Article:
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Vladimir Putin and the Luxury of Retirement

Being back in the United States this week has me recalling my youth growing up in the Bronx, New York, where, like everyone else, I was a dedicated baseball fanatic. As it happens, today marks the 24th anniversary of the retirement of one of my favorite players, Carl “Yaz” Yastrzemski of the Boston Red Sox, whose brilliant 23-season career came to a close in back in 1983. I fondly recall watching Yaz’s last game, a historic event which sealed not only numerous statistical records, but also lionized him in the hearts and memories of fans.

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Carl Yastrzemski’s last victory lap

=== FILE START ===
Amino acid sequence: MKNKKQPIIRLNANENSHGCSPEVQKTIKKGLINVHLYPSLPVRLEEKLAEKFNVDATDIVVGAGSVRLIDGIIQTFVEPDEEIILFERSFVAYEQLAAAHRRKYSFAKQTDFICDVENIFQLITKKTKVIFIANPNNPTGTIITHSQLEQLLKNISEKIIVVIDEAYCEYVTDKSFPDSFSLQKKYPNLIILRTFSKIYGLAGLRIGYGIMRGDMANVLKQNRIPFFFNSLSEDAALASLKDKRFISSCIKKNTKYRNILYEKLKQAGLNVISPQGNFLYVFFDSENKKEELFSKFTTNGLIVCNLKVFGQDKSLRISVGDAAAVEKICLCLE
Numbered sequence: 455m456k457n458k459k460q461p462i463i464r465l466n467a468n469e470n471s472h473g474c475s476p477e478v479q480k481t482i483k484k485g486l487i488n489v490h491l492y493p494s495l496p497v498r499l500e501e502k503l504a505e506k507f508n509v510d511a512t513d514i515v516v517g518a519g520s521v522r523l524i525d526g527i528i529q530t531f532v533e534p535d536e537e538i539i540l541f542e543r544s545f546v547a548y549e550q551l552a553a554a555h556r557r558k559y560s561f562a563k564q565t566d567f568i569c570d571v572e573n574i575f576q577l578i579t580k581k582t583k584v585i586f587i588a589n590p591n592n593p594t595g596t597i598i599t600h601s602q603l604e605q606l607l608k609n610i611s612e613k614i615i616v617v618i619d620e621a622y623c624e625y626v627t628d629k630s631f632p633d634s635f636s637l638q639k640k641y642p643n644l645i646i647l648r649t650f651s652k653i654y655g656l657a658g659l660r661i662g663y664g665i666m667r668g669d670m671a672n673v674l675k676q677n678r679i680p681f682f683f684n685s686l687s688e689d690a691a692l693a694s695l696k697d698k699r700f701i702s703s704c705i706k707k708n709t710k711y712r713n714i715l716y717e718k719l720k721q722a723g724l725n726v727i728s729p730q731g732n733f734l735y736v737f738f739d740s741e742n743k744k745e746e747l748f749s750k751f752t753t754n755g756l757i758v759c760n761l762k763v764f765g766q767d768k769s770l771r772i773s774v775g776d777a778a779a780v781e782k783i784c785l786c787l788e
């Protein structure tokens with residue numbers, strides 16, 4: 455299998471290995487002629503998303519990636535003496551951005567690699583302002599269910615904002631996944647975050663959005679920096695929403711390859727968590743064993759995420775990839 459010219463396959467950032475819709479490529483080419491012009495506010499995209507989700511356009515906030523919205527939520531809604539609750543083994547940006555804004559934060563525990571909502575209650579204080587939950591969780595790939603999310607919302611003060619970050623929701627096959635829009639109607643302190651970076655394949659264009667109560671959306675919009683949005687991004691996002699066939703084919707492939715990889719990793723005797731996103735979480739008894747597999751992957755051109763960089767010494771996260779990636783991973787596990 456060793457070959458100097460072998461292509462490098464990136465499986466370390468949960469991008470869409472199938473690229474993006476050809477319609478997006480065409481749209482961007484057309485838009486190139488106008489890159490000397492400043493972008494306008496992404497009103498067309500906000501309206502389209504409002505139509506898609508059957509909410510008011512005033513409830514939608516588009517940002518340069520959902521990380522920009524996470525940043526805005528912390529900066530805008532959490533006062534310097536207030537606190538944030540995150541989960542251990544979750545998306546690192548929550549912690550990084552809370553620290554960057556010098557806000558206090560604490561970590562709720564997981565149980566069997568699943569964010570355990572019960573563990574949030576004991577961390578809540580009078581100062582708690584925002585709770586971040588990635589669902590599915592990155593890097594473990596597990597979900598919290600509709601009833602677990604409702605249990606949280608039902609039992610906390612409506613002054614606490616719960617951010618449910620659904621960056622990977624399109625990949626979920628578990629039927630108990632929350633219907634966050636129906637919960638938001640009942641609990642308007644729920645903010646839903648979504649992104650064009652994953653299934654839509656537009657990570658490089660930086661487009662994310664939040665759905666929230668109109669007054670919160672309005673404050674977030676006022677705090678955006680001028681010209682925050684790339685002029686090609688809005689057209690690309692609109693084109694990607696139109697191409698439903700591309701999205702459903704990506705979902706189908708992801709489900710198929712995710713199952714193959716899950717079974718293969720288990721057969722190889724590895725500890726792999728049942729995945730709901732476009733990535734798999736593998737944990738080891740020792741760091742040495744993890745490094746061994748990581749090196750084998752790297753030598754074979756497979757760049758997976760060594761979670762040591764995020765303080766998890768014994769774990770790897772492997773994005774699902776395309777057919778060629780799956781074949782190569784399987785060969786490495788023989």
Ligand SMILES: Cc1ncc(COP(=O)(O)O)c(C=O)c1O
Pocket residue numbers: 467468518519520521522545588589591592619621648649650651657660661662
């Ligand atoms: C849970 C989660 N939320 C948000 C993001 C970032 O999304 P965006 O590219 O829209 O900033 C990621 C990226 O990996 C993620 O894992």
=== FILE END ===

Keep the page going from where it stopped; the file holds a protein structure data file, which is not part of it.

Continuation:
Yaz’s retirement capped off a phenomenal career, making an elegant concluding statement on a great series of achievements. He enjoyed a certain luxury in controlling the terms of his departure from this beloved sport, which is contrasted by a more recent example: this week’s unprecedented announcement by President Vladimir Putin to run for parliament and possibly assume the premiership. Just as soon as everyone was getting to know the new prime minister Viktor Zubkov, who has spent recent weeks asserting his authority through various stunts, Putin swiftly stripped him of relevance with another unexpected trick. Unlike Yastrzemski however, Putin’s move to artificially extend his political career involves straining several constitutional and electoral rules to the breaking point, which I am reasonably certain he finds very uncomfortable. While Russia’s constitution is not very clear on the shift of executive powers from the presidency to the premiership, there are some curious details at stake. For example, while in office Putin won’t be listed as a member of United Russia, even though he will run on their ticket as an “independent.” Also, as the FT points out, Putin doesn’t even have to enter the Duma, even if he leads the party to victory (though he would have to resign from the presidency after the election). In some imagined scenarios, almost nothing changes: he keeps his same office, same desk, same chair, same power, and gets a slightly different job title. His move will entail a radical deterioration of “managed” political competition. This announcement spells an end for the state-approved alternative party, A Just Russia, putting Russia on track toward a heavily corporatist one-party system like pre-2000 Mexico – the perfect dictatorship. In the past, most parties would propose their troika of preferred candidates – while this year the party faithful of United Russia will choose between #1 Vladimir Putin, #2 Vladimir Putin, and #3 Vladimir Putin. The expected result: a virtual constitutional majority. putin_cartoon1002.gif Some analysts see confidence and stability in Putin’s decision to prolong his time in power, but I see this decision being made in dramatically more tenuous circumstances. I don’t think that Putin actually wants to stay in office, but rather has found that he has to – a consequence of this administration’s failure to institutionalize any advances in rule of law or the establishment of independent centers of power. As anyone who has had experience working with Russia’s elaborate Byzantine bureaucratic structures, they will know that the fierce infighting among different parties can only be brokered and negotiated by very few people – and taking on such a role is not the power that it appears to be, but rather the captivity of an onerous duty. Also, we know from past experience that the selection of a successor in Russia depends most heavily on that person’s ability to shield his or her benefactors from investigations and prosecution for their alleged legal peccadilloes. There is no shortage of such events during this administration that could intensify such concerns. But we should never underestimate Moscow’s ability to sell the story they want told. In an effort to project this image of stability and strength, the Kremlin has resorted to instinct: more and more aggressive interference on international crisis issues like Iran, Kosovo, and Myanmar. Once again more doublespeak from Gazprom, promising to be good supplier to Europe while flexing political muscle on the Ukraine. In other words, everything looks like business as usual over there. We know that it is extremely important to Putin that he is seen in a certain way. Consider for example the repeated invocations of the language of democracy in the United Russia speeches, and the reiterations of Putin’s narrative – how he “rescued” of Russia from the chaos of the 1990s, and his battles against Chechen terrorism and separatism. According to a Times editorial, when Putin met with foreign press at the Valdai Summit, “he spoke of the ‘moral influence’ a leader can have in Russia, comparing himself indirectly with those dissidents whose political power came from their moral standing in society. He says he wants to play that role to embed democracy in Russia.” (I myself have become accustomed to the dearth of cynicism among the media profession in response to such statements.) The point is that no one would put so much work into painting their own image as a democrat if they didn’t also deeply care about the perception of their legacy – especially among the international community. Putin has legitimate achievements that he understandably wants to be recognized for, and it is a great source of discomfort that the conclusion of his second term is proving to be so difficult. The president would prefer to gracefully leave office on a high note, like a champion athlete, but instead he finds himself without remedy, trapped within a system he created. There are numerous costs of this decision, reputational and otherwise. Mr. Putin said in his acceptance speech at the United Russia Party Congress that “it would be wrong to change the Constitution to suit one particular person, even if that person is someone I most certainly trust.” However, for the sake of Mr. Putin’s legacy, one would imagine that such an unprecedented political manipulation delivers a certain message: it’s not the institution, it’s the person. Those who strive to argue that Russia is a real democracy need to understand that this embarrassment of succession demonstrates just how far it has to go.